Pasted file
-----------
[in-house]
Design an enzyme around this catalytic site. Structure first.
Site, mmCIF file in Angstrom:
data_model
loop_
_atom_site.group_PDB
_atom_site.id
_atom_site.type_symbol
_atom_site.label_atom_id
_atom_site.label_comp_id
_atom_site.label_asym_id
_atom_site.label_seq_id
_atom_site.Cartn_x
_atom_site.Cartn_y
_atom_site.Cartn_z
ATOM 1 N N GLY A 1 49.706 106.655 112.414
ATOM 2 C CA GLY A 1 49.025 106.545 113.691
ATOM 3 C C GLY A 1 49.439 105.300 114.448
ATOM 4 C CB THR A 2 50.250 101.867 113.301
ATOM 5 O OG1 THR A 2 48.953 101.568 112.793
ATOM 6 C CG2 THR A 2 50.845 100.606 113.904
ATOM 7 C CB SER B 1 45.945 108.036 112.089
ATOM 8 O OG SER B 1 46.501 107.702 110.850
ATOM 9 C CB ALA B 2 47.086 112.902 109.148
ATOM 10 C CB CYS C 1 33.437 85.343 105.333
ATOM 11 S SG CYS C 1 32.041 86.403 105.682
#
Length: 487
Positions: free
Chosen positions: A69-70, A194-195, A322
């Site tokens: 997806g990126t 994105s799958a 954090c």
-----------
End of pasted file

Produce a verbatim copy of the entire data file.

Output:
[in-house]
Design an enzyme around this catalytic site. Structure first.
Site, mmCIF file in Angstrom:
data_model
loop_
_atom_site.group_PDB
_atom_site.id
_atom_site.type_symbol
_atom_site.label_atom_id
_atom_site.label_comp_id
_atom_site.label_asym_id
_atom_site.label_seq_id
_atom_site.Cartn_x
_atom_site.Cartn_y
_atom_site.Cartn_z
ATOM 1 N N GLY A 1 49.706 106.655 112.414
ATOM 2 C CA GLY A 1 49.025 106.545 113.691
ATOM 3 C C GLY A 1 49.439 105.300 114.448
ATOM 4 C CB THR A 2 50.250 101.867 113.301
ATOM 5 O OG1 THR A 2 48.953 101.568 112.793
ATOM 6 C CG2 THR A 2 50.845 100.606 113.904
ATOM 7 C CB SER B 1 45.945 108.036 112.089
ATOM 8 O OG SER B 1 46.501 107.702 110.850
ATOM 9 C CB ALA B 2 47.086 112.902 109.148
ATOM 10 C CB CYS C 1 33.437 85.343 105.333
ATOM 11 S SG CYS C 1 32.041 86.403 105.682
#
Length: 487
Positions: free
Chosen positions: A69-70, A194-195, A322
């Site tokens: 997806g990126t 994105s799958a 954090c």